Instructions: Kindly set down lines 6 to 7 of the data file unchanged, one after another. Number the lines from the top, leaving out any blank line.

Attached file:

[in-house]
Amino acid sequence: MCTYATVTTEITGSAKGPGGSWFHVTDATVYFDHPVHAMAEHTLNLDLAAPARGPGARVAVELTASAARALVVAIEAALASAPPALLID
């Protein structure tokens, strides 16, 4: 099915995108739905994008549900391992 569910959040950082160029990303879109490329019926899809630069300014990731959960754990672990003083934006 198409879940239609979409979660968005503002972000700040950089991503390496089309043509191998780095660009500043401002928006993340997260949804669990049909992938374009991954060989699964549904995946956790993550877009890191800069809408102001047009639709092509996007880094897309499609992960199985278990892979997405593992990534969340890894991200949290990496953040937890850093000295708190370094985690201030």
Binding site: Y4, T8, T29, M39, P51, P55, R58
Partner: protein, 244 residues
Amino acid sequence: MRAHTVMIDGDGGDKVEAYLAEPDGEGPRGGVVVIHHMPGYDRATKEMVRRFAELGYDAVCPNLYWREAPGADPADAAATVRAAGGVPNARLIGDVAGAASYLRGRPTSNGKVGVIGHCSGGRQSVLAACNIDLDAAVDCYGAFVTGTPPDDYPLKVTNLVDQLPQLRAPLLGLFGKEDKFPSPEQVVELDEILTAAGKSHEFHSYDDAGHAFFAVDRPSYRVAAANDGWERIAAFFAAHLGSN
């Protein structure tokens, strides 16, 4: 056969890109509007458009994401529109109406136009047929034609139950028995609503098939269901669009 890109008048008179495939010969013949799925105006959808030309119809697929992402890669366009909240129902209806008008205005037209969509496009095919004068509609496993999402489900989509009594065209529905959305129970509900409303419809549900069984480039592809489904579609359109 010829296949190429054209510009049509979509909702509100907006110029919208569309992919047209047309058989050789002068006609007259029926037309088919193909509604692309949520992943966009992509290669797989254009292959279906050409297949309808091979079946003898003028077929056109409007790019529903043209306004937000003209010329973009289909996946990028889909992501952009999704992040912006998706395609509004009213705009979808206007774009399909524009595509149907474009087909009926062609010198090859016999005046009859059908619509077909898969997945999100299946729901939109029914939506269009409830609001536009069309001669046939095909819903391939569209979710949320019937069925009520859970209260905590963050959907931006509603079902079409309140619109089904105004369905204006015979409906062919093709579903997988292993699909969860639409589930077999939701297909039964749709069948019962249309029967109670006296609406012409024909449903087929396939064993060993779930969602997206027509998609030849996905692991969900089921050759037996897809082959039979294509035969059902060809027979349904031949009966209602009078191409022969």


Amino acid sequence: MRAHTVMIDGDGGDKVEAYLAEPDGEGPRGGVVVIHHMPGYDRATKEMVRRFAELGYDAVCPNLYWREAPGADPADAAATVRAAGGVPNARLIGDVAGAASYLRGRPTSNGKVGVIGHCSGGRQSVLAACNIDLDAAVDCYGAFVTGTPPDDYPLKVTNLVDQLPQLRAPLLGLFGKEDKFPSPEQVVELDEILTAAGKSHEFHSYDDAGHAFFAVDRPSYRVAAANDGWERIAAFFAAHLGSN
């Protein structure tokens, strides 16, 4: 056969890109509007458009994401529109109406136009047929034609139950028995609503098939269901669009 890109008048008179495939010969013949799925105006959808030309119809697929992402890669366009909240129902209806008008205005037209969509496009095919004068509609496993999402489900989509009594065209529905959305129970509900409303419809549900069984480039592809489904579609359109 010829296949190429054209510009049509979509909702509100907006110029919208569309992919047209047309058989050789002068006609007259029926037309088919193909509604692309949520992943966009992509290669797989254009292959279906050409297949309808091979079946003898003028077929056109409007790019529903043209306004937000003209010329973009289909996946990028889909992501952009999704992040912006998706395609509004009213705009979808206007774009399909524009595509149907474009087909009926062609010198090859016999005046009859059908619509077909898969997945999100299946729901939109029914939506269009409830609001536009069309001669046939095909819903391939569209979710949320019937069925009520859970209260905590963050959907931006509603079902079409309140619109089904105004369905204006015979409906062919093709579903997988292993699909969860639409589930077999939701297909039964749709069948019962249309029967109670006296609406012409024909449903087929396939064993060993779930969602997206027509998609030849996905692991969900089921050759037996897809082959039979294509035969059902060809027979349904031949009966209602009078191409022969």